Tucsonans gather to learn more about House approved flat taxPosted: Updated:
TUCSON, Ariz. -- Last session the Arizona House approved a flat tax. The bill would eliminate deductions for mortgage interest, military pay exemptions and veterans' and pension benefit exemptions.
Monday night some Tucsonans voiced their opposition.
More than 50 jammed into a room at Temple Emanu-El to learn more about the flat tax.
"I've heard some things that it would put more burden on the average tax payer and the lower income tax payer, but I'm not really sure. But I have come tonight to get a little education on it," said Tucson Resident Herb Wagner.
Democratic State Senator Paula Aboud hosted the forum and feels that residents need to know how the tax will affect them.
"That flat tax was going to raise taxes on 8 out of 9 middle class Arizonans and nobody in Arizona knew about it except the legislatures," said District 28 Democratic State Senator Paula Aboud.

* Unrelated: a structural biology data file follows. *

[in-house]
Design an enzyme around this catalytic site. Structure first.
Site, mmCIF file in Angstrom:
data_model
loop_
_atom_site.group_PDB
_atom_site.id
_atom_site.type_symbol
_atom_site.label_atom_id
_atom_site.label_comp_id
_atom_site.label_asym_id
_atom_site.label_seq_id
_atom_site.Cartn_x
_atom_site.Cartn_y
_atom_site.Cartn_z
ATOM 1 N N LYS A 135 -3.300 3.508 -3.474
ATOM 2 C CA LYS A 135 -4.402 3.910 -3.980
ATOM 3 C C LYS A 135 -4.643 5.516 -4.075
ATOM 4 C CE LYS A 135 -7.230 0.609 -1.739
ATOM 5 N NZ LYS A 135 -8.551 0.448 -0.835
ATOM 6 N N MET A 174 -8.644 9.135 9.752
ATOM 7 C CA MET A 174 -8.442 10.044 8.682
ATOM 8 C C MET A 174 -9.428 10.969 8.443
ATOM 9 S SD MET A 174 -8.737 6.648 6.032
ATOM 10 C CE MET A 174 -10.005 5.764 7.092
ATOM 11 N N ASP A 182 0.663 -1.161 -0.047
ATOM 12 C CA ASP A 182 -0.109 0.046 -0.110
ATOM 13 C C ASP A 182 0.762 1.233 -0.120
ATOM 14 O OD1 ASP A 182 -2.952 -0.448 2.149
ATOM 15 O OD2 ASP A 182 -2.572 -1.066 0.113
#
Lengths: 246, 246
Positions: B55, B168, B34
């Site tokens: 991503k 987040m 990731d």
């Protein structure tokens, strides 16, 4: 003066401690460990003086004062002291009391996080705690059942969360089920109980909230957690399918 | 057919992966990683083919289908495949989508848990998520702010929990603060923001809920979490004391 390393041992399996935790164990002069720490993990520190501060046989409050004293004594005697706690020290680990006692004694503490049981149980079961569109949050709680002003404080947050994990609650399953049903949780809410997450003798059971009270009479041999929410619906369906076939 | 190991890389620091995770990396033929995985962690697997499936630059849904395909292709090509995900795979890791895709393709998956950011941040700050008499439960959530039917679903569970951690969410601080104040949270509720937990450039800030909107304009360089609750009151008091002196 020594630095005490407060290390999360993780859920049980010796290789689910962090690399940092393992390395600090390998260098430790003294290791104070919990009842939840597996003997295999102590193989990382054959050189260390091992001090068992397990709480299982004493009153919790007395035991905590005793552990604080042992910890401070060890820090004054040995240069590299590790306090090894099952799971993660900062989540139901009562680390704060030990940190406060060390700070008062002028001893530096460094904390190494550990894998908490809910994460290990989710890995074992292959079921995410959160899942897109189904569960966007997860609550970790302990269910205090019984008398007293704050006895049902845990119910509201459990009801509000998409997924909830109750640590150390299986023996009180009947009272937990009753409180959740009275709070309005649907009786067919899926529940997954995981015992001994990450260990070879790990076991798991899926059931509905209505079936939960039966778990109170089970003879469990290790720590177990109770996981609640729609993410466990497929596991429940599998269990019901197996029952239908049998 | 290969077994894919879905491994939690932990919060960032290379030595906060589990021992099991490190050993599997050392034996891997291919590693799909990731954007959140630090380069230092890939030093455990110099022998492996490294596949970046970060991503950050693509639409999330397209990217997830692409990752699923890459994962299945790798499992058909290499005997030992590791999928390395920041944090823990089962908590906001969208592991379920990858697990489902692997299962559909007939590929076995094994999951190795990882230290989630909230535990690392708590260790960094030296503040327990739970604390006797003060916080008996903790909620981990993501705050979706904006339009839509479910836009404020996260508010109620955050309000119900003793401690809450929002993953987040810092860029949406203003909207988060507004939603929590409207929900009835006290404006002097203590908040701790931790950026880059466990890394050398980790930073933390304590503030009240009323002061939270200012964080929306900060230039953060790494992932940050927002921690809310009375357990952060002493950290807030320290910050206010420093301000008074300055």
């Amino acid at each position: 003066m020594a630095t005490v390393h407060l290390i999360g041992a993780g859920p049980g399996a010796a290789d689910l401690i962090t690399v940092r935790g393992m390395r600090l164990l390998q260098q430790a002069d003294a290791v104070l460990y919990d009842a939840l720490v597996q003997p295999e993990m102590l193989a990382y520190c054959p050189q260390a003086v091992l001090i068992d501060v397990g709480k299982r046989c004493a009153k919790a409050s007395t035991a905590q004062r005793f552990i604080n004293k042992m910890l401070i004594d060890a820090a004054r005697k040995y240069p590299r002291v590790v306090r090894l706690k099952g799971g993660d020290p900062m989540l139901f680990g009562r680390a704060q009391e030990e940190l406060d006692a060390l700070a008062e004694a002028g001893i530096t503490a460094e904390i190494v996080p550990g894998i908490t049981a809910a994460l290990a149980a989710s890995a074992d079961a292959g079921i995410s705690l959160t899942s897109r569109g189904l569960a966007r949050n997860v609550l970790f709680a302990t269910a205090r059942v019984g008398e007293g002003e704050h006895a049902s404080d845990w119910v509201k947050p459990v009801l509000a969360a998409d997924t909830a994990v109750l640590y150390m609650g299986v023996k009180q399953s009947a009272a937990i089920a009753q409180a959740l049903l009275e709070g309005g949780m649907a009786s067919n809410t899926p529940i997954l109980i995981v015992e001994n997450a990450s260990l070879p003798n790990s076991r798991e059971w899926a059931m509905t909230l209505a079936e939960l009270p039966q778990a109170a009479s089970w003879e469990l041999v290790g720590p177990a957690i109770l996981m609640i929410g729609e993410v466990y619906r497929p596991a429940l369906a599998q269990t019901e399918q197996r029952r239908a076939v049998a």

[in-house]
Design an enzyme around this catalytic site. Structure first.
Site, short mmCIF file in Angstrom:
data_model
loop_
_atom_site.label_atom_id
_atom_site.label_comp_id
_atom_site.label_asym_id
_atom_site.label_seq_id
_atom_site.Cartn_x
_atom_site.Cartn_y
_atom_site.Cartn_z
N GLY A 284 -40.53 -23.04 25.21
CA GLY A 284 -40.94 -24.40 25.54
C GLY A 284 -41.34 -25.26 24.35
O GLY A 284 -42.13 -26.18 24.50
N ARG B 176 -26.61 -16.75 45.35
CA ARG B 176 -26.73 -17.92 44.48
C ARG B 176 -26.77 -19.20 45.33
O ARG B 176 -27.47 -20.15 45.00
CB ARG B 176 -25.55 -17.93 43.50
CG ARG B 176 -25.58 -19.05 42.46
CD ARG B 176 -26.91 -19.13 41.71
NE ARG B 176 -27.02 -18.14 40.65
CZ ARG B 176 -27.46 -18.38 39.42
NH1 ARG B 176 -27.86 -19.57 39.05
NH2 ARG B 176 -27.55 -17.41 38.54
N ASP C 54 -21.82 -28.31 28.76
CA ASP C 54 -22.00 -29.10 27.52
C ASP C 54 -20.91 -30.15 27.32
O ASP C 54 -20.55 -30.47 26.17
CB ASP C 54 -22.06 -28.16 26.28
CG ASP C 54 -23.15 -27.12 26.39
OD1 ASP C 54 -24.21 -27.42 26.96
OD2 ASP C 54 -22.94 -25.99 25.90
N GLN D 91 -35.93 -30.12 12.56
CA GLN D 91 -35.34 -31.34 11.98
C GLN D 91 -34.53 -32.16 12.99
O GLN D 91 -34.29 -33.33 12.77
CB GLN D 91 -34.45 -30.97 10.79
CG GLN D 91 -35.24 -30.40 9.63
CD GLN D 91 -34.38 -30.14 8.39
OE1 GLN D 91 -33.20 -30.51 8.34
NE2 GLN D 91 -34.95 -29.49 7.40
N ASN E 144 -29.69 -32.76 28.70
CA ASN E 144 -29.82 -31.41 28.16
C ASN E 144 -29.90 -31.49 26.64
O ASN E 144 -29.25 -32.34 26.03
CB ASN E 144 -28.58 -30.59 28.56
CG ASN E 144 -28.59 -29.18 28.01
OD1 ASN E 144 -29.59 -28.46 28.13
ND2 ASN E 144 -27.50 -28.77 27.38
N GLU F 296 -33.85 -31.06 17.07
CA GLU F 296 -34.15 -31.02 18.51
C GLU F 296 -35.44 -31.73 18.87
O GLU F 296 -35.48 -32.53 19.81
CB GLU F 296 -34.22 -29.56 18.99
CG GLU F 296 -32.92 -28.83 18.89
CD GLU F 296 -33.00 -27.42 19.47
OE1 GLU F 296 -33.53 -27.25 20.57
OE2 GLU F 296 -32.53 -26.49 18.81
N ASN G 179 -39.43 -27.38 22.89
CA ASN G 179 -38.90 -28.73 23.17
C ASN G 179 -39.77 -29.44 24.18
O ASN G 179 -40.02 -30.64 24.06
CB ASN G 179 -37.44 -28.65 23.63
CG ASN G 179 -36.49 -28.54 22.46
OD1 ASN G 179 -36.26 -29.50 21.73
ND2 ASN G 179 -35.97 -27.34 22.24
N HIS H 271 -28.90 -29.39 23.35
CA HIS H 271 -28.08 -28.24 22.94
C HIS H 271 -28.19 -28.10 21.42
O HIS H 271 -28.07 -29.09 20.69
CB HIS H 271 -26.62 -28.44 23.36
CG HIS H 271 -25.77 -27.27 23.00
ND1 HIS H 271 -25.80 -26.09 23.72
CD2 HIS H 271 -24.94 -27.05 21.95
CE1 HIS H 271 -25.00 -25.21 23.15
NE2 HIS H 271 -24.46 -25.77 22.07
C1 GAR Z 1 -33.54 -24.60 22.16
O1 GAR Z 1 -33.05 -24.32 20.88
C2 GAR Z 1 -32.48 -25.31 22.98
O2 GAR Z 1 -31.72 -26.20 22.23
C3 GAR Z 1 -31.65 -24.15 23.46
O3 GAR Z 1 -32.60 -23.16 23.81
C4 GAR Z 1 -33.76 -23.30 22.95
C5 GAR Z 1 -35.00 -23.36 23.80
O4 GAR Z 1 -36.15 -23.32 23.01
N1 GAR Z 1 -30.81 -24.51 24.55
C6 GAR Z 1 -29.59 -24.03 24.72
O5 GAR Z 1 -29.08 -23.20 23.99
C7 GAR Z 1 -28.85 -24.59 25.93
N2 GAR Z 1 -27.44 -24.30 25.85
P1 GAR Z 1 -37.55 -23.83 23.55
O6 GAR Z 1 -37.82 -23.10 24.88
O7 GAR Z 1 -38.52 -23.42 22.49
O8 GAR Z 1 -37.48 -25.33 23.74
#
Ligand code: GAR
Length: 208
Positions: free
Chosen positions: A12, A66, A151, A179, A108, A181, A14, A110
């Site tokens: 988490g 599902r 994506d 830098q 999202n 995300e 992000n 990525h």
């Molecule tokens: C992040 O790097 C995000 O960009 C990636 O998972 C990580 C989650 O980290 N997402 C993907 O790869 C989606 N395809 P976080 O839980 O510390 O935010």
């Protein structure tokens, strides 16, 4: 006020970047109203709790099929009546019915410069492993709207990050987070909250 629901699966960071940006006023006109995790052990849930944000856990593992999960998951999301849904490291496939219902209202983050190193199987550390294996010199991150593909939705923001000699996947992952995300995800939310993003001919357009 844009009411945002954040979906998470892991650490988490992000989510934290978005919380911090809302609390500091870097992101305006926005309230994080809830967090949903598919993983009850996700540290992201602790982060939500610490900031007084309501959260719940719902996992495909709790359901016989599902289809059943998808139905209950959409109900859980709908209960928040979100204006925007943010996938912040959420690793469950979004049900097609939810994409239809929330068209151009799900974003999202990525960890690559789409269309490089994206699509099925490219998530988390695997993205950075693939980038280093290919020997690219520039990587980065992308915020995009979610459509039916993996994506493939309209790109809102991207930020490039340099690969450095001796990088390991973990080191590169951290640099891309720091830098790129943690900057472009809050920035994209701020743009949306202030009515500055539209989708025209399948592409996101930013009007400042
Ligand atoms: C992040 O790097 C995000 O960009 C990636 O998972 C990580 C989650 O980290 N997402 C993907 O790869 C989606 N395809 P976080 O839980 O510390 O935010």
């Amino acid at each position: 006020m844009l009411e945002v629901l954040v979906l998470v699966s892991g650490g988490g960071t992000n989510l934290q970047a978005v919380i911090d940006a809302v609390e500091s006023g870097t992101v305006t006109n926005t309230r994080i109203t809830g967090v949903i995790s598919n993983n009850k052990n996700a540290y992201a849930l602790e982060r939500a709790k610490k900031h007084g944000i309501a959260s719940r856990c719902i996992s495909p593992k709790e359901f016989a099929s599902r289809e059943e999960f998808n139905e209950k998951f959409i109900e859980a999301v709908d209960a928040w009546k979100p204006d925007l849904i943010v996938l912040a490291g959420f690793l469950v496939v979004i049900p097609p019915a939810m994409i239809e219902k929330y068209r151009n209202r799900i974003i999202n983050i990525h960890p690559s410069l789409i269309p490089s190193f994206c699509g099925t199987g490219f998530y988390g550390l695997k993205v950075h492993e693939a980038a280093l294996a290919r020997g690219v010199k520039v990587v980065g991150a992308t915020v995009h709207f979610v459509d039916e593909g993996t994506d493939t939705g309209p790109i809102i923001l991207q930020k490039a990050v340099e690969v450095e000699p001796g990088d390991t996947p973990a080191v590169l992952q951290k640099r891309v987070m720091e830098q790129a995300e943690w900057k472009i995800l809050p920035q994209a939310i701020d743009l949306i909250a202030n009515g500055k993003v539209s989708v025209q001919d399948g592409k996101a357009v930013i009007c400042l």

Republican State Senator Vic Willimas signed off on the flat tax. He believes that everyone should pay some fair share of their income tax into the system.
"I believe that's what the flat tax would do. It would provide everyone in the State of Arizona who's filing a tax return who is making an income would have some level of participation," said State Senator Williams.
Aboud says, that level of participation depends on your income. Those who make less than $10,000 annually may see a tax increase of 20,000%.
"The 1% of the millionaires and the rich people get as much as a 45% tax cut but it takes 8 individuals to get a tax increase to off set the tax cut of one rich person," said Aboud.
Williams says that's not the case, the Republicans just want to simplify the tax code.
"This is typical rhetoric that you hear from the Democrats they say that the Republicans want to give tax breaks to the rich. What the Republican party wants to do is ensure that we put people back to work in the State of Arizona," said Williams.
If the tax is approved, it would be phased in by 2015.
The flat tax will be up for discussion again at the Arizona legislature in January of next year.